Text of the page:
The PANDA Experiment will be one of the key experiments at the Facility for Antiproton and Ion Research (FAIR) which is under construction and currently being built on the area of the GSI Helmholtzzentrum für Schwerionenforschung in Darmstadt, Germany. The central part of FAIR is a synchrotron complex providing intense pulsed ion beams (from p to U). Antiprotons produced by a primary proton beam will then be filled into the High Energy Storage Ring (HESR) which collide with the fixed target inside the PANDA Detector.
The PANDA Collaboration with more than 500 scientist from 20 countries intends to do basic physics research on various topics around the weak and strong forces, exotic states of matter and the structure of hadrons. In order to gather all the necessary information from the antiproton-proton collisions a versatile detector will be build being able to provide precise trajectory reconstruction, energy and momentum measurements and very efficient identification of charged particles.
Prizes for outstanding achievements in 2017/18 to the benefit of PANDA have been awarded to three groups recently.
Alaa Dbeyssi, Manuel Zambrana, and Iris Zimmermann from the Helmholtz Institute Mainz have been awarded for their PANDA Physics Achievements Concerning EM Probes
The group has continuously driven the simulations of form factor studies using electromagnetic probes. The group has successfully implemented the formalism to investigate the electromagnetic structure of the proton in the time-like region including the development of radiative corrections and techniques to suppress backgrounds.
Their published results were based on detailed Monte Carlo simulations and clearly outlined the capability of PANDA to measure the electric and magnetic form factor at the various phases of the experiment.
Pawel Marciniewski, Filza Saleem, and Peter Schakel from Uppsala University have been awarded for the Design and Production of the Forward Endcap SADCs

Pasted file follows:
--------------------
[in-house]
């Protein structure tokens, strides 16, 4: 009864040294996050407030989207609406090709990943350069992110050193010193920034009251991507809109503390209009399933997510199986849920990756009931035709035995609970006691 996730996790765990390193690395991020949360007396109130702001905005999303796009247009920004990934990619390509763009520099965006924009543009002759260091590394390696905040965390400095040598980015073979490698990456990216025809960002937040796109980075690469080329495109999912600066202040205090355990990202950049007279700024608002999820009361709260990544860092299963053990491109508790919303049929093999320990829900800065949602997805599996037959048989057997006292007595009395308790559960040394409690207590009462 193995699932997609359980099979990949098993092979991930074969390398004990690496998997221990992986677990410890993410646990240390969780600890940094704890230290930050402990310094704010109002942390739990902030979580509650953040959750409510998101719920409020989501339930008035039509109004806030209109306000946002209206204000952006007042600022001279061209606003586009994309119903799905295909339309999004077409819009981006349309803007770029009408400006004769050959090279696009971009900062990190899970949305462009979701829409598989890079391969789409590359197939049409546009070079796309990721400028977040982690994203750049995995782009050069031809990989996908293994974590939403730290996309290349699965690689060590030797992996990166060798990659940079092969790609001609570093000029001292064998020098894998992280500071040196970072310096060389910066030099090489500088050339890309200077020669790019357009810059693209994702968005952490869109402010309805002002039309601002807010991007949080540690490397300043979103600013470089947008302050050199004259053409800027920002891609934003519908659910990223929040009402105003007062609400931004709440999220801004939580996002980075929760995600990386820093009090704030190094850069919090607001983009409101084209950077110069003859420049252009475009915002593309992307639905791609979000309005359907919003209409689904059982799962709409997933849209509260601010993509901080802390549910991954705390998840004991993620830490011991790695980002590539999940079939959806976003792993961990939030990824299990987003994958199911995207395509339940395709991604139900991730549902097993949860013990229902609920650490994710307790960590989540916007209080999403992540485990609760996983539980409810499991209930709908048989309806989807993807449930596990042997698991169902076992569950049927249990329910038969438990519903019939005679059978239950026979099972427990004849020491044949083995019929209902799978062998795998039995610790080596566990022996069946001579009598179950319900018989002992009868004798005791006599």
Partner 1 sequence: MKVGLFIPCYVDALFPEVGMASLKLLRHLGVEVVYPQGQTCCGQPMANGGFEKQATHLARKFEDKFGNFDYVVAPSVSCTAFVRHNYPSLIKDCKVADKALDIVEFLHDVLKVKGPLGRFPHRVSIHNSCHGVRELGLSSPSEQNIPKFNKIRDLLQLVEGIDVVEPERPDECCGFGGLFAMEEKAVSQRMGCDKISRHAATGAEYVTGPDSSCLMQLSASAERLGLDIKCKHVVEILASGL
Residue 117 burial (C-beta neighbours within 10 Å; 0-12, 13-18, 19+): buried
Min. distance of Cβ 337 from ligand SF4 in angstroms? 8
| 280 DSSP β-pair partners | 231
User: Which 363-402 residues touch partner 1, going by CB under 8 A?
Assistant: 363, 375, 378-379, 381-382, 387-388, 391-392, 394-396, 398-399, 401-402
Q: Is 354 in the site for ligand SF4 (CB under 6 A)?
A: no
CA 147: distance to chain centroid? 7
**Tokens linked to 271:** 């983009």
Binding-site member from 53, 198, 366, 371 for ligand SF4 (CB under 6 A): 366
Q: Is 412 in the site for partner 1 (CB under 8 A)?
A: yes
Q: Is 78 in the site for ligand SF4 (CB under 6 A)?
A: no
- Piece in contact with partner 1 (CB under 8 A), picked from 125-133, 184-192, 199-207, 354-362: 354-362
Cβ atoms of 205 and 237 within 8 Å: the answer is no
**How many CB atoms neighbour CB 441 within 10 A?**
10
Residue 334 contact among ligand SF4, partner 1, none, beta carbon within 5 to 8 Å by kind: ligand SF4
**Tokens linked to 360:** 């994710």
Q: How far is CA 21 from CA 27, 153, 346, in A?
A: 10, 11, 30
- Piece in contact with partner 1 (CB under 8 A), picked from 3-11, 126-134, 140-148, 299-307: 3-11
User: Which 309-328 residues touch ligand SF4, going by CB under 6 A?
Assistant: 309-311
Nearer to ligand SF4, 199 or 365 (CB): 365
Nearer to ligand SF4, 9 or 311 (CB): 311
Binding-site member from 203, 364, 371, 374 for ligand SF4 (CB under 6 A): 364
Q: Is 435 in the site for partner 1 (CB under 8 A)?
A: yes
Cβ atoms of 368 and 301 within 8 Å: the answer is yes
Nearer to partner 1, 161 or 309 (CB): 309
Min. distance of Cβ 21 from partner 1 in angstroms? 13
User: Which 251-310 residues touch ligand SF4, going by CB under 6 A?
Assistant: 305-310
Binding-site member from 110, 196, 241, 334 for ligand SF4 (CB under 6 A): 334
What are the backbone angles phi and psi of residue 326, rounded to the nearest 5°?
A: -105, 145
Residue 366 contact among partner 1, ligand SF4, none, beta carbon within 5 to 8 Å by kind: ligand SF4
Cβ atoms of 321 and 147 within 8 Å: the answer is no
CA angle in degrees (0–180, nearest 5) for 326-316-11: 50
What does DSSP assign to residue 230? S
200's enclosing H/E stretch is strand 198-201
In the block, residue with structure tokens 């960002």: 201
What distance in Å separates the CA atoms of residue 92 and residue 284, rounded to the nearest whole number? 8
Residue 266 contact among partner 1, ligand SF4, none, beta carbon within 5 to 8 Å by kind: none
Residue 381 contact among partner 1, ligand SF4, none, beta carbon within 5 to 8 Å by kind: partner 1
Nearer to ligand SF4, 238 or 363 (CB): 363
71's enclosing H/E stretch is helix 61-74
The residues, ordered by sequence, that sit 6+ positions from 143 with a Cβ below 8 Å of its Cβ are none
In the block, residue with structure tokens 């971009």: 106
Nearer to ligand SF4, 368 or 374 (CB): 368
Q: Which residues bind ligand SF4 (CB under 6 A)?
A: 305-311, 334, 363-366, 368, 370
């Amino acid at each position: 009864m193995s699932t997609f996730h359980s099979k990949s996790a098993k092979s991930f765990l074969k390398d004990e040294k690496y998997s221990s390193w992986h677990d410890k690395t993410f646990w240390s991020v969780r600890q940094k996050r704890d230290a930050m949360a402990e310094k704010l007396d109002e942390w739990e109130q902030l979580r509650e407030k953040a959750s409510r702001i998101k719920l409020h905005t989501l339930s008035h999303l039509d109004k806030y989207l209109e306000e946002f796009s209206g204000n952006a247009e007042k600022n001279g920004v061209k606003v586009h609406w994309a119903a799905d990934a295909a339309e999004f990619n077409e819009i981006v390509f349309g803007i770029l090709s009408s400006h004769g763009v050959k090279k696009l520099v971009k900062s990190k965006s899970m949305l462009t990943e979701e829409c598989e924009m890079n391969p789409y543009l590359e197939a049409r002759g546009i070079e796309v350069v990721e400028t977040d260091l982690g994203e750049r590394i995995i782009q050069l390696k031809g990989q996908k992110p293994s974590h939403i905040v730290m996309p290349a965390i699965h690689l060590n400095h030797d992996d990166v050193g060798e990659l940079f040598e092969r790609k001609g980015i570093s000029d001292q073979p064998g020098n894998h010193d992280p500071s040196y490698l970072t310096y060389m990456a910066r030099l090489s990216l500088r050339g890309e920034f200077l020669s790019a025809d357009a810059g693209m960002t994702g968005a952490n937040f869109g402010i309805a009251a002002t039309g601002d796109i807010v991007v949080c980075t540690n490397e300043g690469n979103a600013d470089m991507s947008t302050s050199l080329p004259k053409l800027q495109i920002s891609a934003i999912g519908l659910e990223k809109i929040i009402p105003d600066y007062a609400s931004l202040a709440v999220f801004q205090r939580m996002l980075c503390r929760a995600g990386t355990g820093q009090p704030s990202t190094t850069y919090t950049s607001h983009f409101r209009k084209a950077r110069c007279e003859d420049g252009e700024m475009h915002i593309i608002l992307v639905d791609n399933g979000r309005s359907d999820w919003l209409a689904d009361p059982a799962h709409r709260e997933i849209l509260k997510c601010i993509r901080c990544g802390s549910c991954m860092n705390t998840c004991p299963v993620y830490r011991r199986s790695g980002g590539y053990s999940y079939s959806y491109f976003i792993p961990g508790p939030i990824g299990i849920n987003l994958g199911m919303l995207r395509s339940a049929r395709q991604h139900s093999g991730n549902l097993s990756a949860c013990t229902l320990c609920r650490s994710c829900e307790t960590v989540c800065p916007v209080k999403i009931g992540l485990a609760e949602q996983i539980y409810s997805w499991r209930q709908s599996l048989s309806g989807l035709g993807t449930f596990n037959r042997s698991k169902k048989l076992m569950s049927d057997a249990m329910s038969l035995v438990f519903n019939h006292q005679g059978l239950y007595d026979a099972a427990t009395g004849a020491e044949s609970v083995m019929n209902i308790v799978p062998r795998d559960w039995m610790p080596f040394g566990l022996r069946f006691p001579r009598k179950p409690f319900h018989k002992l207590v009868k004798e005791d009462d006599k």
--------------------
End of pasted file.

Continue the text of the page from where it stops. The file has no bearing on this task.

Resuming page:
Pawel Marciniewski (Uppsala University) has been responsible for the timely production of the sampling-ADCs for the readout of the forward endcap EM-calorimeter. Through excellent preparation and foresight, they very successfully produced all 250 boards at the Uppsala University. This is an essential component to bring the forward endcap of the EMC into operation during the upcoming tests.
Daniel Bonaventura, Silke Grieser, Benjamin Hetz, and Alfons Khoukaz from University of Münster have been awarded for the Achievement of World Record Cluster Target Densities
The group has made remarkable achievements with their development of the Cluster Target. By attaining densities of 4x1015/cm for a nozzle over 2m away from the interaction point, they have set a world record and exceeded the PANDA requirements. This excellent target performance will enable a significant rise of the luminosity available at the experiment and thus all physics pillars within PANDA will benefit from it.
- "Design and construction of mechanical structures for substitute tracking modules in the PANDA Forward Spectrometer",
- "Detector Control System for Forward Tracker and GEM",
- "Software Trigger Development using Machine Learning"
The expression of intention was signed in Krabi/Thailand during the PANDA Collaboration Meeting on March 11, 2019. Pictures are from the Signing Cermony among the three group leaders Chinorat Kobdaj (SUT), Keerati Manasatitpong (SLRI), and Sakhorn Rimjaem (CMU) of the Thailand groups involved and Klaus Peters as spokesperson of PANDA.
At ICTP-SAIFR a joint workshop of Brazilian Scientists and representatives from PANDA and the PANDA TAG took place from Feb 25-March 1, 2019 with a focus on PANDA related physics and technology providing close contact with PANDA science, development and construction.
The meeting was well attended (about 60 registrants) and PANDA was represented by Tassos Belias, Kai Brinkmann, Tord Johannsson, Klaus Peters, Tobias Stockmanns and Ulrich Wiedner (who was also co-organizer) as well as our theory colleagues Christian Fischer and Evgeni Eppelbaum.
we completed a very successful testbeam time at COSY on Sunday, February 24th, 2019. Spokespersons for the beamtime were Greg Korcyl and Rafal Lalik from the Jagiellonian University in Krakow. Following detectors were set up in the beamline with a total length of about 8 m (Photo: P.Wintz, FZ Jülich GmbH, beam enters from the right):
We had a proton beam of 2.5 GeV/c momentum (almost minimum ionising) and varied intensities and beam profiles for the FT tests.
Many thanks to the COSY crew for the quick beam set up and stable operation, so that we could exploit 10 days of beam time (7 requested). I was told that all six groups were very pleased with the beamtime, although spending both sunny Julich weekends in the cave.